Silence can sometimes represent punishment or evoke unpleasant memories for us. Sometimes silence can be unsettling. There are, however, alternative, more positive ways to experience it. Recently I have been researching the mental and physical health benefits of silence when it is a chosen option, for example, when practising mindfulness meditation. Mindfulness fosters stillness and silence in us, where there is great healing power to be found. So, when we intentionally seek it out, rather than having it imposed upon us, silence can be a nurturing and deeply revealing practice.
I began my mindfulness teacher training with the Mindfulness Association and Aberdeen University in 2015 and graduated last year with an Msc in Mindfulness Studies. This robust training included intensive periods of silence. I found this quite daunting at first, yet ultimately a deeply personal experience, ‘held’ by sharing the space with others. Mindfulness training invites a turning towards yourself, without the distractions of everyday life. It means we are ‘alone’ with our own minds but accompanied and secure by the physical presence of others. Initially, with the absence of sound, we may experience the internal chatter of our minds as noisy and unrelenting, but as our mindfulness practice deepens, we can learn to slow our thoughts down, allowing our minds to settle and to rest. When our minds are gently quietened and stilled, we are better able to listen to ourselves.
Being silent not only allows us a chance to get to know ourselves, our emotions and our minds a bit better but can also benefit our relationships with other people. In my view, to be truly seen and heard by another is one of the joys of being alive. Cultivating this ability to genuinely see and hear others, as well as being seen and heard ourselves can greatly enhance the quality of our relationships. It may seem obvious, but to listen to someone involves being silent too. We can miss out on so much by constantly talking. Try being quiet and really listening the next time someone is speaking to you. See if you notice how your mind is already formulating a response, pre-empting what they are going to say, even while the person is still speaking. Every pause need not be a cue to fill the space with words.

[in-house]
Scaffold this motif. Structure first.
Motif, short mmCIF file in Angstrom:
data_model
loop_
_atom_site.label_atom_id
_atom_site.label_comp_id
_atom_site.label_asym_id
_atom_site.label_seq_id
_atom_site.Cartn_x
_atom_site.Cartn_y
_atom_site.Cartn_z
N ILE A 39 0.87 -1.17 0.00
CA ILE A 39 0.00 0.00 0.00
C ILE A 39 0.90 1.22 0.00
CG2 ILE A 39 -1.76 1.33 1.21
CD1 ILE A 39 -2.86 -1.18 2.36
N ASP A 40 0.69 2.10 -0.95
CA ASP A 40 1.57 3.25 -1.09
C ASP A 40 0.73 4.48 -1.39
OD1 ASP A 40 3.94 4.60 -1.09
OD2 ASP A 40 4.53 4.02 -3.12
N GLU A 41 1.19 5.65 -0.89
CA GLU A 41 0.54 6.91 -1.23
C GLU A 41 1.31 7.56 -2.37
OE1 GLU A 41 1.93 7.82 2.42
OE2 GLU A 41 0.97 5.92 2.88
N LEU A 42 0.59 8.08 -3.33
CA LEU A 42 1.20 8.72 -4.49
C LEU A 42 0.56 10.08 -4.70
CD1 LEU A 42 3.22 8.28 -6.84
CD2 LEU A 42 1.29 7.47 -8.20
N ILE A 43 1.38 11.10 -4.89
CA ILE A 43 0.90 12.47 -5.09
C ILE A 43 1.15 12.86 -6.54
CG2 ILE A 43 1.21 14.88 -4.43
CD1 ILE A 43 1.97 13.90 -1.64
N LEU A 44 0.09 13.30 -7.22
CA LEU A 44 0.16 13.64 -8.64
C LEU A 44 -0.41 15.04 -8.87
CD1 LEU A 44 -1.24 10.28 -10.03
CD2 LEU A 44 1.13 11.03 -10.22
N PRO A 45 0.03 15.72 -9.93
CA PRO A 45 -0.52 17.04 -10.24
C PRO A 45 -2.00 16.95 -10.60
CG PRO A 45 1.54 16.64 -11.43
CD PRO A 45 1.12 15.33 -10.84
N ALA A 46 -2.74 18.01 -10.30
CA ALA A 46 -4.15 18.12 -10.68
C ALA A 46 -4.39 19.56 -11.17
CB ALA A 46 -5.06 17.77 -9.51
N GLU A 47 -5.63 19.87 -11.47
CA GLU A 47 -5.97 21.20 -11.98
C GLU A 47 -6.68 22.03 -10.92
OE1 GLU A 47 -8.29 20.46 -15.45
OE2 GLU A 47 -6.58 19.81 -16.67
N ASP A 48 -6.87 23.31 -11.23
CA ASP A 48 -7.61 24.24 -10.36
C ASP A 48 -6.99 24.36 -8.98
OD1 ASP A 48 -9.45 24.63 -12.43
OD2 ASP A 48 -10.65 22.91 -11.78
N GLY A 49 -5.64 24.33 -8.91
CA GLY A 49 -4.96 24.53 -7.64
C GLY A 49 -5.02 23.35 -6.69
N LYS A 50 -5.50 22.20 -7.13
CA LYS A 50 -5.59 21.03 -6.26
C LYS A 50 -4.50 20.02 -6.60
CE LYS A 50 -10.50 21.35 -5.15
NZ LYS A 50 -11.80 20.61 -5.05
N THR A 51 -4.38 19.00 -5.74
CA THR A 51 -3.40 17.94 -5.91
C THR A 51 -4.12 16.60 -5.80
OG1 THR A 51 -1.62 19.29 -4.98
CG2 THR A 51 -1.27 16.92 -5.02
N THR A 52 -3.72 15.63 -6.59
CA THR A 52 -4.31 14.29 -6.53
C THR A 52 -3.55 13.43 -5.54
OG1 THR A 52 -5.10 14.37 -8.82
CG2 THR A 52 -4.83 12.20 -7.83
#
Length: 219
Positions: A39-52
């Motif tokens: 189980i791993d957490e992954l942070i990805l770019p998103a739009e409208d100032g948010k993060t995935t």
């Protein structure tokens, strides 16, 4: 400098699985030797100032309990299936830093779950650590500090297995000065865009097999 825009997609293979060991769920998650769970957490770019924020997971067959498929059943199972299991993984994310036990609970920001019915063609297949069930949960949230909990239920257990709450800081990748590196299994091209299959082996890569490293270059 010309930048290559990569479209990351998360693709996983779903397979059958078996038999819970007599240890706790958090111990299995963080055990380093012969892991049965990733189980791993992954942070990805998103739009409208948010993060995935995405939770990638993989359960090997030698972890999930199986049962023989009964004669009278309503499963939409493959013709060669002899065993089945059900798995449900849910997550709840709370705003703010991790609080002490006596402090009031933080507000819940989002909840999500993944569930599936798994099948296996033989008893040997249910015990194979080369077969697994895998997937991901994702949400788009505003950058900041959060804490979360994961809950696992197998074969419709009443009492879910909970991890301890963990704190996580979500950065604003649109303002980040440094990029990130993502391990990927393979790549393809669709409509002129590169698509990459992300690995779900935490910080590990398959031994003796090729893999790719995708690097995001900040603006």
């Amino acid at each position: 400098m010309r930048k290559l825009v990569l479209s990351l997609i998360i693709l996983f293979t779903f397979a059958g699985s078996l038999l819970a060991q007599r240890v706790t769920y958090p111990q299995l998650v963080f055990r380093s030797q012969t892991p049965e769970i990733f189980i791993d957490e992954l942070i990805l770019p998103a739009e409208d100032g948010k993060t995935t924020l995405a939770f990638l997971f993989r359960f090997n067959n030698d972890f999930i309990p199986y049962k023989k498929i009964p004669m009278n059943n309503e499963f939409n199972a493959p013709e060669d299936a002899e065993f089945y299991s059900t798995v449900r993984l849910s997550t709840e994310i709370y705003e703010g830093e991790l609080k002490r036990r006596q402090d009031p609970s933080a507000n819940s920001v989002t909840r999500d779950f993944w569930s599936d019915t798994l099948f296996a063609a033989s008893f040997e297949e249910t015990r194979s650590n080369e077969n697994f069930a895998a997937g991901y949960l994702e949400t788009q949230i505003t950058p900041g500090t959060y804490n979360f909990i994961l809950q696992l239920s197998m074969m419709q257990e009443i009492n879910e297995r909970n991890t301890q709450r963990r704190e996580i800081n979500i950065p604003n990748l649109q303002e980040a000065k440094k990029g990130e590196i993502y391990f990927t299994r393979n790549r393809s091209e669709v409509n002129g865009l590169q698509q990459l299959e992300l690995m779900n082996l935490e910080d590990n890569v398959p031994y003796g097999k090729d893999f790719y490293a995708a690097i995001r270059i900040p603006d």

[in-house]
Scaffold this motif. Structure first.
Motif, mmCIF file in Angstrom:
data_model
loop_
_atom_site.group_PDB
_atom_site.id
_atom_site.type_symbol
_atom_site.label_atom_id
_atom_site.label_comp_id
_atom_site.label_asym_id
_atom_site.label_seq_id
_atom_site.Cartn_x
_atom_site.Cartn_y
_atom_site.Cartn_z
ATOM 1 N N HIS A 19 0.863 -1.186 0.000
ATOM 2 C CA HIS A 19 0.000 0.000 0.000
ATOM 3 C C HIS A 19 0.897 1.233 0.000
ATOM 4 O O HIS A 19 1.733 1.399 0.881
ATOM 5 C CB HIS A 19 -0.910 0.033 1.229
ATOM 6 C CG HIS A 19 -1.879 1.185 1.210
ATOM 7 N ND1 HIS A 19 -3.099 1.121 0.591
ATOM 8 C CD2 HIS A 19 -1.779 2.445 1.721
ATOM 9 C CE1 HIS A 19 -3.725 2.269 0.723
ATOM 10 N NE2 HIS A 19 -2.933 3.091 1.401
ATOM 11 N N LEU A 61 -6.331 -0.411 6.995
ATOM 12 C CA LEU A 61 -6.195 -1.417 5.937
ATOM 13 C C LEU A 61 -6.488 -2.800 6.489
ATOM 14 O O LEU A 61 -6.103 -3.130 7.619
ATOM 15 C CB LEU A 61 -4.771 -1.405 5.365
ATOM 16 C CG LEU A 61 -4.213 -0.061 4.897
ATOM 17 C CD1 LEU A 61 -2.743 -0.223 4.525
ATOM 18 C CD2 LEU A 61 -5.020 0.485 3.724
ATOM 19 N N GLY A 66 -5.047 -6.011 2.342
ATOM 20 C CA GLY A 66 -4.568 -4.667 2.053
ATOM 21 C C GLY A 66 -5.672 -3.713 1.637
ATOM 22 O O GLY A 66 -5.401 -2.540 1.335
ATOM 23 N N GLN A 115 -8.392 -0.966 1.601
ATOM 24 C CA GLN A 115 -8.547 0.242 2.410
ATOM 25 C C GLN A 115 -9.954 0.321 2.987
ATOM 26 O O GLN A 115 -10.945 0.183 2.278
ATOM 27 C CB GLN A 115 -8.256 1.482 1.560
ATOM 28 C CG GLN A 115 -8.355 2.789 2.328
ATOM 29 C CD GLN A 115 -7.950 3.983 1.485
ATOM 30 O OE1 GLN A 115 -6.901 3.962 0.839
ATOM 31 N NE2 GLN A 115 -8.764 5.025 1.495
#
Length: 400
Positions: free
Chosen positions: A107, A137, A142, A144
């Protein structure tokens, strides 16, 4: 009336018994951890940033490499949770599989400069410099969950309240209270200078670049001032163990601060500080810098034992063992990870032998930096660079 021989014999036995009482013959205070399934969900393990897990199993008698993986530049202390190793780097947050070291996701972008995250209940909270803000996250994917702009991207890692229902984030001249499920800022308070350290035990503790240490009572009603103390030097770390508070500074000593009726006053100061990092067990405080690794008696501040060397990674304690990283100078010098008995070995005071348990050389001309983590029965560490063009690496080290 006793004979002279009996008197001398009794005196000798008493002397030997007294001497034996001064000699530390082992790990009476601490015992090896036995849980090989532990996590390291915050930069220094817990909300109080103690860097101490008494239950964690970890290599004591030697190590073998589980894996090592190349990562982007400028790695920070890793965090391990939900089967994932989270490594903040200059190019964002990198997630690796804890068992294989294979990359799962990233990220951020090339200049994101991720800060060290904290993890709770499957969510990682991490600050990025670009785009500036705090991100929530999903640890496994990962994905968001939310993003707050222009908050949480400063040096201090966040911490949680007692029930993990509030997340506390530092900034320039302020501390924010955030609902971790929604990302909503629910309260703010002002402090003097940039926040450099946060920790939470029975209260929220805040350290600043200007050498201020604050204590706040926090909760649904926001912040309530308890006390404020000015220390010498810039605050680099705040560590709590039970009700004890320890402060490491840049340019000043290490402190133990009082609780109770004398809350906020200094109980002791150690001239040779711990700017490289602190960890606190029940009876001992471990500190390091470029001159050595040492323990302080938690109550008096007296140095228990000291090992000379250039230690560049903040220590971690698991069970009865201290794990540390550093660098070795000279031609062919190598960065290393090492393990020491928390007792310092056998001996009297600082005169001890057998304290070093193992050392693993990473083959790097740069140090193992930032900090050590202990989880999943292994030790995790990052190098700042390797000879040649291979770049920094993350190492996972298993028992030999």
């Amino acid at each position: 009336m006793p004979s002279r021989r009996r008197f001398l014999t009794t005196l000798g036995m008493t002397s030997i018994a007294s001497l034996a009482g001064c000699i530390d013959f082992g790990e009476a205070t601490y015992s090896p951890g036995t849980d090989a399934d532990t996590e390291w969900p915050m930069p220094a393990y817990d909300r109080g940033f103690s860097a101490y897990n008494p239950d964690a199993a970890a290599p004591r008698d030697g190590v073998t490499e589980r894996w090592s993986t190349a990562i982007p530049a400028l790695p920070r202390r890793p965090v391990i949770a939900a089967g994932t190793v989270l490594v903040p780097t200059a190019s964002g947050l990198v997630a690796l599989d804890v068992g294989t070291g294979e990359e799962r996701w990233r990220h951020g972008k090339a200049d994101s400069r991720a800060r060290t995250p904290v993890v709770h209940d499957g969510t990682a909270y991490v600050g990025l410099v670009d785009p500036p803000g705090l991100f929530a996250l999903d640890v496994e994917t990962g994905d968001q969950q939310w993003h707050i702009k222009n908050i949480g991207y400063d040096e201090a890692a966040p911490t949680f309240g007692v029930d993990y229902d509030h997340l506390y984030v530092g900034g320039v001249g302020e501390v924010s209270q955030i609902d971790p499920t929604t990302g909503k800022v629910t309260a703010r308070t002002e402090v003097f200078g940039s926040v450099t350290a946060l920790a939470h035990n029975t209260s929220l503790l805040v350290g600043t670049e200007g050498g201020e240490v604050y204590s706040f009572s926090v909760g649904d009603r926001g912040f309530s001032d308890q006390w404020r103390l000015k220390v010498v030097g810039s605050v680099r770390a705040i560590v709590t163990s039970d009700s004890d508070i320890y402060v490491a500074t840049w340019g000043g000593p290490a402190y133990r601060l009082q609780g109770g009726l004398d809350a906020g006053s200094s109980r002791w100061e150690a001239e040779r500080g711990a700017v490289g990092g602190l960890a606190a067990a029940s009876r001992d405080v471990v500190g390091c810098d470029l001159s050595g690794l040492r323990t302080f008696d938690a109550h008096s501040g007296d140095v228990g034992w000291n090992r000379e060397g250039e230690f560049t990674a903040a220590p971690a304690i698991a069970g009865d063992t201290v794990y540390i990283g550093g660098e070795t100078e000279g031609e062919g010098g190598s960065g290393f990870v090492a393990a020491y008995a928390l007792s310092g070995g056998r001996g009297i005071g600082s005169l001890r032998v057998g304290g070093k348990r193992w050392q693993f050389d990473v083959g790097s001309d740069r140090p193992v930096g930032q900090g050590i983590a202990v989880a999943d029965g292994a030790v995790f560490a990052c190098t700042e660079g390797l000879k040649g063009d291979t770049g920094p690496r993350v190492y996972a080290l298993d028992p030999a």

We can communicate much in silence, like empathy, support, strength and solidarity. Sometimes there are no words to say. Rather than being an isolating practice, in my experience, meaningful connections can be forged by staying silent. You may find that the people with whom you can share a comfortable silence are rare and very special. On the eight-week Mindfulness Based Living Course (MBLC) that I teach locally and regionally, there is one full day of practice whereby participants remain in silence, as I guide them through some meditation practices. This day in silence always invites curiosity and raises the most reaction in my groups. Most people approach the day cautiously but report huge benefits afterwards. It seems to really consolidate and embed the teachings of the entire course.
Creating opportunities to cultivate quiet moments in our busy lives is becoming more and more essential to a healthy lifestyle. If being in silence for a whole day is something you find daunting to even think about, there are many smaller ways we can begin to adapt old habits, for example, turning off the car radio, or resisting the habit of turning on the tv when you get home, putting away the phone for a while. See if you can spend some time now and then without the presence of artificial background noise and soon you will begin to reap the health benefits of doing so. I’ll end on a short quote from the poet Rumi which never fails to evoke a feeling of gratitude in me. “But listen to me for one moment, quit being sad, hear blessings dropping their blossoms all around you”.
A weekly drop-in mindfulness hour runs on Tuesday mornings from 9.30 – 10.30am at the Market St Clinic, Skibbereen. My schedule of Autumn classes and courses around West Cork is currently being confirmed, please feel free to get in touch for information on courses in your area. For more information on future workshops and courses call Susan on 087 2700572 or email: firstname.lastname@example.org.